Click here for a useful overview of the new Fair Pay Agreement (FPA) bargaining process, which breaks down the steps from initiation through to validation of a FPA.
The Fair Pay Agreements Act 2022 has now come into force, representing the biggest change to employment law in 20 years.
The first application: has been made to MBIE and is focused on the hospitality sector, covering employees at: cafes, restuarants, takeaway food services (excluding catering), visitor accommodation (hotels and motels), casino operations and cinemas. If you are an employer within this sector, we would be happy to discuss your next steps.
In short, a fair pay agreement (FPA) will set minimum terms and conditions of employment for employees across whole industries or occupations, regardless of who they are employed by or whether they are members of a union.
We have previously published an article which provides an overview of the FPA system including what they will cover, and how they are bargained for. This time, we’ve focussed on some of the key things employers need to know or start thinking about to ensure they are prepared for FPA bargaining.
Who will bargain for your industry?
During FPA bargaining, employees are represented by unions, and employers will be represented by employer associations.
To be eligible to represent employers in FPA bargaining, an employer association must:
- Be an incorporated society;
- Have a constitution which enables the employer association to represent the collective interests of covered employers for the purposes of bargaining for a FPA;
- Have at least one employer member who is covered by the proposed FPA.
If there is no employer association who is willing or able to represent employers in FPA bargaining, Business New Zealand has the right to step in and represent employers as a ‘default bargaining party’. However, a potential complication is that Business New Zealand has, to date, made clear that it does not intend to be involved with FPA bargaining.
While it remains to be seen whether Business New Zealand will maintain this position going forward, there is presently the possibility that employers will have no representation. Should this occur, the union which initiated the bargaining will be able to apply directly to the Employment Relations Authority for the terms of the FPA to be fixed and imposed on the industry.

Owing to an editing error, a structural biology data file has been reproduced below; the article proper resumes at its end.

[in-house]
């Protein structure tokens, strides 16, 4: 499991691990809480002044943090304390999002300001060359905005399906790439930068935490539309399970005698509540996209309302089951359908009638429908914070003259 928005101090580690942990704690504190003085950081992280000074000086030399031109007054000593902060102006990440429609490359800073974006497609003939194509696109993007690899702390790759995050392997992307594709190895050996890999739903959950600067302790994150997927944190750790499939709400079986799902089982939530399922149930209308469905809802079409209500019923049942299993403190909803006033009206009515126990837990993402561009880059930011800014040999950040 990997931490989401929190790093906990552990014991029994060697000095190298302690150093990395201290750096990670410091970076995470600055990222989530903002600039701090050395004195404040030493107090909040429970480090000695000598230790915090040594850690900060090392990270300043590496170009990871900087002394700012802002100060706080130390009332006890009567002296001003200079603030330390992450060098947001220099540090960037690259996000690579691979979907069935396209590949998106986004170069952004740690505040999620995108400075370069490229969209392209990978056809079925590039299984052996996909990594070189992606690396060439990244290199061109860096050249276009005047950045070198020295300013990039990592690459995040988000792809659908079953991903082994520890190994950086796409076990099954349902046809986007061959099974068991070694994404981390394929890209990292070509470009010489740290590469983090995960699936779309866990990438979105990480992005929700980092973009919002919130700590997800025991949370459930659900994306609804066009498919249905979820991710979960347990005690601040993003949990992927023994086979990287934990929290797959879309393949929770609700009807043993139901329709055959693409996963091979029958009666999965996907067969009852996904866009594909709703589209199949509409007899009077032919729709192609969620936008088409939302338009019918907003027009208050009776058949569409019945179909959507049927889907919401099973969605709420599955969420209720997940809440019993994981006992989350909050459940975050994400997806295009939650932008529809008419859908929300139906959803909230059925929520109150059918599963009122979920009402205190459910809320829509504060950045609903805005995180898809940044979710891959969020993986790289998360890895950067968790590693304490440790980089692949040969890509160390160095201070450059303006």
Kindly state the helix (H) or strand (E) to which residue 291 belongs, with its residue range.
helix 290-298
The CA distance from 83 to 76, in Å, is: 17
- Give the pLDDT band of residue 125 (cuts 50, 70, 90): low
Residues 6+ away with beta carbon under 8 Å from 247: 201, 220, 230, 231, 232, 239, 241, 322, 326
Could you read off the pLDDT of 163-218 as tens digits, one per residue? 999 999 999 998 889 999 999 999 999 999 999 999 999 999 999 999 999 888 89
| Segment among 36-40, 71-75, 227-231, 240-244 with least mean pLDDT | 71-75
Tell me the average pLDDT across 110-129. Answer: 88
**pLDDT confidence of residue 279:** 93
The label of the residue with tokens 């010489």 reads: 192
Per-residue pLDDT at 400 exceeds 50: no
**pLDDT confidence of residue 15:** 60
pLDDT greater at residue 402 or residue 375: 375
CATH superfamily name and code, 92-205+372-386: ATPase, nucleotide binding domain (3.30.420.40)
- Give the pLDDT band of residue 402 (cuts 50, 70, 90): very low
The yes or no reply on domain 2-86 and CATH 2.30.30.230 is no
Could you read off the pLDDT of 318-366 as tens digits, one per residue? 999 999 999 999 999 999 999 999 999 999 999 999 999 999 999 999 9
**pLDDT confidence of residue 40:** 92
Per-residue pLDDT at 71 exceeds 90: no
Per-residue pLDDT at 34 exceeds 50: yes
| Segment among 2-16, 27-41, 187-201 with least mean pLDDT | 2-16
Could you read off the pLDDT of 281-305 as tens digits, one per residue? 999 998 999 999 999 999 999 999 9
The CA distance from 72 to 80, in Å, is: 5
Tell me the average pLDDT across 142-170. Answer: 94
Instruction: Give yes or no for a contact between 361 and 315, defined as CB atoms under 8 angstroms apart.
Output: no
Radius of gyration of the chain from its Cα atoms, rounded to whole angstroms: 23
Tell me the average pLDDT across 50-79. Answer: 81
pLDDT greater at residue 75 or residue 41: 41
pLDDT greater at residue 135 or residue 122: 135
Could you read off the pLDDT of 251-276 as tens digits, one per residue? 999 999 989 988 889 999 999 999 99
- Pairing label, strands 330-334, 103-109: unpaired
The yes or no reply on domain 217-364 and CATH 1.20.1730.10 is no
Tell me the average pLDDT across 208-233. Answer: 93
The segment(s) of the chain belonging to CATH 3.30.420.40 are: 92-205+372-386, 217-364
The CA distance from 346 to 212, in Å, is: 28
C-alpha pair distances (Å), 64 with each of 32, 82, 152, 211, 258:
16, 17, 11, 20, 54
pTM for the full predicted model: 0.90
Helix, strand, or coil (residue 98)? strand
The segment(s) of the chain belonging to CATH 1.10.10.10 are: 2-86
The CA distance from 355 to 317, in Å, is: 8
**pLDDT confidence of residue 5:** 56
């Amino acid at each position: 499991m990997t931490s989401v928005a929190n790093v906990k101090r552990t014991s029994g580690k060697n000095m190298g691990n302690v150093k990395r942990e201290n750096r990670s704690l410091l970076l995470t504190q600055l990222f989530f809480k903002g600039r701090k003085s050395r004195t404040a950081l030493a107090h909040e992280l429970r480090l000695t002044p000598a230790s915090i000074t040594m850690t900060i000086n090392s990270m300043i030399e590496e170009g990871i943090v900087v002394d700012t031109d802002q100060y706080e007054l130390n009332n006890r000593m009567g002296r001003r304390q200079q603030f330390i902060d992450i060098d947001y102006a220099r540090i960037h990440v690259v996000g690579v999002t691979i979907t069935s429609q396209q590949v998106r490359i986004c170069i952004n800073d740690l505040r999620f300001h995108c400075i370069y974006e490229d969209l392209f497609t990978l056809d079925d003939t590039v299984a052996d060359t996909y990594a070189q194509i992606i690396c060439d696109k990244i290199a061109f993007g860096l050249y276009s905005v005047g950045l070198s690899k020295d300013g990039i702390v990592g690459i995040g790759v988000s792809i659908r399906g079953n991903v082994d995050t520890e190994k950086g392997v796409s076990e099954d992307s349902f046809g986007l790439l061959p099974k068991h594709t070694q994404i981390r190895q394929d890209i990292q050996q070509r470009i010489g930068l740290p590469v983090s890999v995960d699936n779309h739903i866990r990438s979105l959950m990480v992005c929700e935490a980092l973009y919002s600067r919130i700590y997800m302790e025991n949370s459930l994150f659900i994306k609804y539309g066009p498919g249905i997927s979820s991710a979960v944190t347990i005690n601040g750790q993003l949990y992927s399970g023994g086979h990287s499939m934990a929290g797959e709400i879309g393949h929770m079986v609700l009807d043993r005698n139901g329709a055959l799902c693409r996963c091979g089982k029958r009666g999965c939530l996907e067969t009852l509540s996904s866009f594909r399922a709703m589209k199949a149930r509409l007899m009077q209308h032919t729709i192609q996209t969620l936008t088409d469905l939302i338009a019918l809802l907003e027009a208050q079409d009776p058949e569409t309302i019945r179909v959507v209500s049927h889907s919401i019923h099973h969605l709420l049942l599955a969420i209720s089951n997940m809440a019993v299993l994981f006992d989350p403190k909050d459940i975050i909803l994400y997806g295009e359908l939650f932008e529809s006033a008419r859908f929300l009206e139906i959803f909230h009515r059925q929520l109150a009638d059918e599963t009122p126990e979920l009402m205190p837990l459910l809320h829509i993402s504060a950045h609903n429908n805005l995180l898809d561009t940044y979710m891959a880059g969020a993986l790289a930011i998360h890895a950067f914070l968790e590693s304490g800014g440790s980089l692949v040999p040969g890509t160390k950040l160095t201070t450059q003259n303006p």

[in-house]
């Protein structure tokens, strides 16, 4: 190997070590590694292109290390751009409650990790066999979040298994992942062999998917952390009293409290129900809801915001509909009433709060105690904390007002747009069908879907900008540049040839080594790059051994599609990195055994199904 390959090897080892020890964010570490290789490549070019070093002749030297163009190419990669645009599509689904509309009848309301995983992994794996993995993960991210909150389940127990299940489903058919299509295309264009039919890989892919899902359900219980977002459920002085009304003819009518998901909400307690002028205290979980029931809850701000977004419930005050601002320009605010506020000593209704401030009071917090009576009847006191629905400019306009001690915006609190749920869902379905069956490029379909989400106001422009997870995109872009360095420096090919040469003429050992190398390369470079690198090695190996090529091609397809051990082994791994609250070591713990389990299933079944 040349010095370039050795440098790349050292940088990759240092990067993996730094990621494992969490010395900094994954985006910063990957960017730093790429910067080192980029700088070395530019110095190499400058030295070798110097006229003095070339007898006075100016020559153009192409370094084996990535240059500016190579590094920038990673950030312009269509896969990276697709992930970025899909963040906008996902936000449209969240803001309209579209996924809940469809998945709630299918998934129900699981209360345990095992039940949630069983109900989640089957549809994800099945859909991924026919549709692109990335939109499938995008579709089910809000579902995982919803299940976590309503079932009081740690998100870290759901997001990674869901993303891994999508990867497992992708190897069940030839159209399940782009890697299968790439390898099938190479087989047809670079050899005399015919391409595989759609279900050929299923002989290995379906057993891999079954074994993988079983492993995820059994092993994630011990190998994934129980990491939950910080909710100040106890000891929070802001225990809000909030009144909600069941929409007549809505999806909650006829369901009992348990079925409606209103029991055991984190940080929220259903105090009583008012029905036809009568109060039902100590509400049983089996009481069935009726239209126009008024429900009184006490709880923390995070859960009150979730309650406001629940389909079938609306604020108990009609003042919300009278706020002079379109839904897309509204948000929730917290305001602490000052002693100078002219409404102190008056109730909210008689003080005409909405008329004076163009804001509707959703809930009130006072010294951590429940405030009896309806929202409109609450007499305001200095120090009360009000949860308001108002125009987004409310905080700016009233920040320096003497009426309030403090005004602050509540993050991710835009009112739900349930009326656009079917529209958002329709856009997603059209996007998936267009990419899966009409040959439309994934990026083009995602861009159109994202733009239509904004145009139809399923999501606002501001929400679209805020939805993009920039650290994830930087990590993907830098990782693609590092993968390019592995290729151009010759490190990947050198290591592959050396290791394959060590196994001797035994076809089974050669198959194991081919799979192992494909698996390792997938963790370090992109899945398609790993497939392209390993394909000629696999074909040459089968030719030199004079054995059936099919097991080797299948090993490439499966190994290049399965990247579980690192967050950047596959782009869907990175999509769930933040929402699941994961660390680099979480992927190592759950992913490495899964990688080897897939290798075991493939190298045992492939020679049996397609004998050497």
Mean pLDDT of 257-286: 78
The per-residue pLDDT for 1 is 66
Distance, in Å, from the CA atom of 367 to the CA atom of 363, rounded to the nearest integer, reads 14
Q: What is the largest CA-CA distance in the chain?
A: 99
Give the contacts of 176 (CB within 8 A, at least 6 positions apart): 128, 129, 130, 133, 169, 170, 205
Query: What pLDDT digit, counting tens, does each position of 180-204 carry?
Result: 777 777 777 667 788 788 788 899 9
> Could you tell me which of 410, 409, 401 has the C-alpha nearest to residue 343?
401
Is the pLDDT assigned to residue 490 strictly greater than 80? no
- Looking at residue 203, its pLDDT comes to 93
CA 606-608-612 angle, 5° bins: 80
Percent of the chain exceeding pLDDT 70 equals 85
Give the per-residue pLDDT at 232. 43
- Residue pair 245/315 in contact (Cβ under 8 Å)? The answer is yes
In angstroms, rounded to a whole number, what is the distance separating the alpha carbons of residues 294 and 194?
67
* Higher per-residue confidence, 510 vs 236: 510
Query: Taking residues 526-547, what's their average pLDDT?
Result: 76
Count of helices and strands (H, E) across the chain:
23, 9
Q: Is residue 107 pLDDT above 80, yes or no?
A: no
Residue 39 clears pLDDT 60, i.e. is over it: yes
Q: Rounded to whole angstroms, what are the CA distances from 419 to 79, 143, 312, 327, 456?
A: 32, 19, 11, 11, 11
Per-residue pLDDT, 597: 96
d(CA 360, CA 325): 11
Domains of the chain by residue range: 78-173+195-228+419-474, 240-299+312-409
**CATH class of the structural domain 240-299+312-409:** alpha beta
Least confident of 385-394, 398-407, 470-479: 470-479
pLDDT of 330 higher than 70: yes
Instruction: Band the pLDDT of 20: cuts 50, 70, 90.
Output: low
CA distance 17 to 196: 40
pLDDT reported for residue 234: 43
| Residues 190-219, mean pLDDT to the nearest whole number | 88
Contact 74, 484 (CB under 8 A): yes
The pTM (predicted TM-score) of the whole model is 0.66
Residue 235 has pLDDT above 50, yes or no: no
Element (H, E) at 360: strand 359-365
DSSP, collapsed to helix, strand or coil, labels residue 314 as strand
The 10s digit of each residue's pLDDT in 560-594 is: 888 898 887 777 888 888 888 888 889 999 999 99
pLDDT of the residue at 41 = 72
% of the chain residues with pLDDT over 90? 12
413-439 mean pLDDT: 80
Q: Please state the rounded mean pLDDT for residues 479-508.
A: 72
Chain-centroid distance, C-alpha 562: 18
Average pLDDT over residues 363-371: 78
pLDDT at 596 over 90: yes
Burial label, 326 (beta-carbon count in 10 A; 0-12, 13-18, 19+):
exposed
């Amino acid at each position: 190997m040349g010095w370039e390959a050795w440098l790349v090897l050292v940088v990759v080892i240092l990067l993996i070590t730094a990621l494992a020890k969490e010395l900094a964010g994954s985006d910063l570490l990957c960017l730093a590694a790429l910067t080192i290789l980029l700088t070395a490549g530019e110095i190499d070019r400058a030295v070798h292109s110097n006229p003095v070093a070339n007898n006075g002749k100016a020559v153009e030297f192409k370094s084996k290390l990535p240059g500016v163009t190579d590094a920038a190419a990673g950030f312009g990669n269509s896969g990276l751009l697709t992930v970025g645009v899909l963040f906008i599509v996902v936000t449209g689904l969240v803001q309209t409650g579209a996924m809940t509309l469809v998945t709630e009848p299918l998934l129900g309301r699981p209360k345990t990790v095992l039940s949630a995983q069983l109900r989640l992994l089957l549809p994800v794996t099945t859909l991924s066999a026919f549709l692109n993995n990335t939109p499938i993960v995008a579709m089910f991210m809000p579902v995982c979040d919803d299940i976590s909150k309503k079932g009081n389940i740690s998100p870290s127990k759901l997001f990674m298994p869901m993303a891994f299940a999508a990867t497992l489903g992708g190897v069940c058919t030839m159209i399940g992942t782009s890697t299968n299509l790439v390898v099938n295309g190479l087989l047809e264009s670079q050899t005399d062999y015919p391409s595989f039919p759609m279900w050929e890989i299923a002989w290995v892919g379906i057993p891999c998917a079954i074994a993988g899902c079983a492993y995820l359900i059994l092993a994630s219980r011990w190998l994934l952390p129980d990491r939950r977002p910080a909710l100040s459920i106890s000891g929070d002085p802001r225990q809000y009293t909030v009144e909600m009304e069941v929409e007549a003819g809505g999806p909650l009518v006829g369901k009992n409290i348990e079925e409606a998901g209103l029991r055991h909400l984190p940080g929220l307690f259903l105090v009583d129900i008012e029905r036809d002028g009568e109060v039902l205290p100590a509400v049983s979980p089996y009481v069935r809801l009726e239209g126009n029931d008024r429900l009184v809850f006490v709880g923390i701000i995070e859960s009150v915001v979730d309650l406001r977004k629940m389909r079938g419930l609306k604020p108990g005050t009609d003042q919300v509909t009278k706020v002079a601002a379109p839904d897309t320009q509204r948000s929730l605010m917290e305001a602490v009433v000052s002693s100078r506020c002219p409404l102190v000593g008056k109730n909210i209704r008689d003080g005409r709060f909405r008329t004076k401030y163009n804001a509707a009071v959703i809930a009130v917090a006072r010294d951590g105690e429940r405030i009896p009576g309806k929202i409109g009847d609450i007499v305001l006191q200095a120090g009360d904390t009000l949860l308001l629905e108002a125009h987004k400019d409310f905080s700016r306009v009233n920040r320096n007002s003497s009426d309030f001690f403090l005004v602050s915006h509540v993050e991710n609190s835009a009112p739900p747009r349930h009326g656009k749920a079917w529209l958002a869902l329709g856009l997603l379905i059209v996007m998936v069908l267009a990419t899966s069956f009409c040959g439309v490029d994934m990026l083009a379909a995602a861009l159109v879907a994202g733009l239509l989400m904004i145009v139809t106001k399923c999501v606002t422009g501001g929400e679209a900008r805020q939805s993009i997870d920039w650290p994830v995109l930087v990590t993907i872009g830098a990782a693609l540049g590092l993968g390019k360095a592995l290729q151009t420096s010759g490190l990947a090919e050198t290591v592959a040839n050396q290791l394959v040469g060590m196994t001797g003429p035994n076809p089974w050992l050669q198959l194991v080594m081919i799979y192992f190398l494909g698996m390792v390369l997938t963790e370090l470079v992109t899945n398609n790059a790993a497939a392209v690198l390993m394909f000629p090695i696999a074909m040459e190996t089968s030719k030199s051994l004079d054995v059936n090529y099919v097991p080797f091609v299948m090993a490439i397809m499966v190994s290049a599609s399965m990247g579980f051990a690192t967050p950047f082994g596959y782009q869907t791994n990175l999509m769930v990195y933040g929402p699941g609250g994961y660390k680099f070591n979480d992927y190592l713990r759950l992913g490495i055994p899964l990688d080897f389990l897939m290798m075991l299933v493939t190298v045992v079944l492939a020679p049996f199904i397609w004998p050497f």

To avoid this type of scenario, employers should start thinking about whether there is an employer or industry association which can represent their interests in FPA bargaining, whether any such association needs to go through a process of modifying its constitution to enable it to participate in FPA bargaining, and whether it has the necessary resource and expertise to do so effectively.
Communicating about FPAs
One of the difficulties with FPA bargaining will be ensuring that all of the employers and employees who are potentially covered by a proposed FPA are kept appropriately informed at each stage. As a result, the FPA system expects employers and unions to play an active role in ensuring that this occurs.
In the first instance, the union who initiates the bargaining is required to use its best endeavours to identify and notify each union and employer which has employees that will be covered by the proposed FPA, that FPA bargaining has been initiated.
Once notified about FPA bargaining, each employer then has its own notification obligations it needs to comply with. Specifically:
- Within 15 working days of being notified that FPA bargaining has been initiated: An employer must notify all unions who have members who are employed by the employer and who are covered by the proposed FPA;
- Within 30 working days of being notified that FPA bargaining has been initiated: An employer must notify all of its employees who are covered by the proposed FPA. As part of this employers are required to provide employees with a form that allows them to opt out of having their name and contact details shared with the union;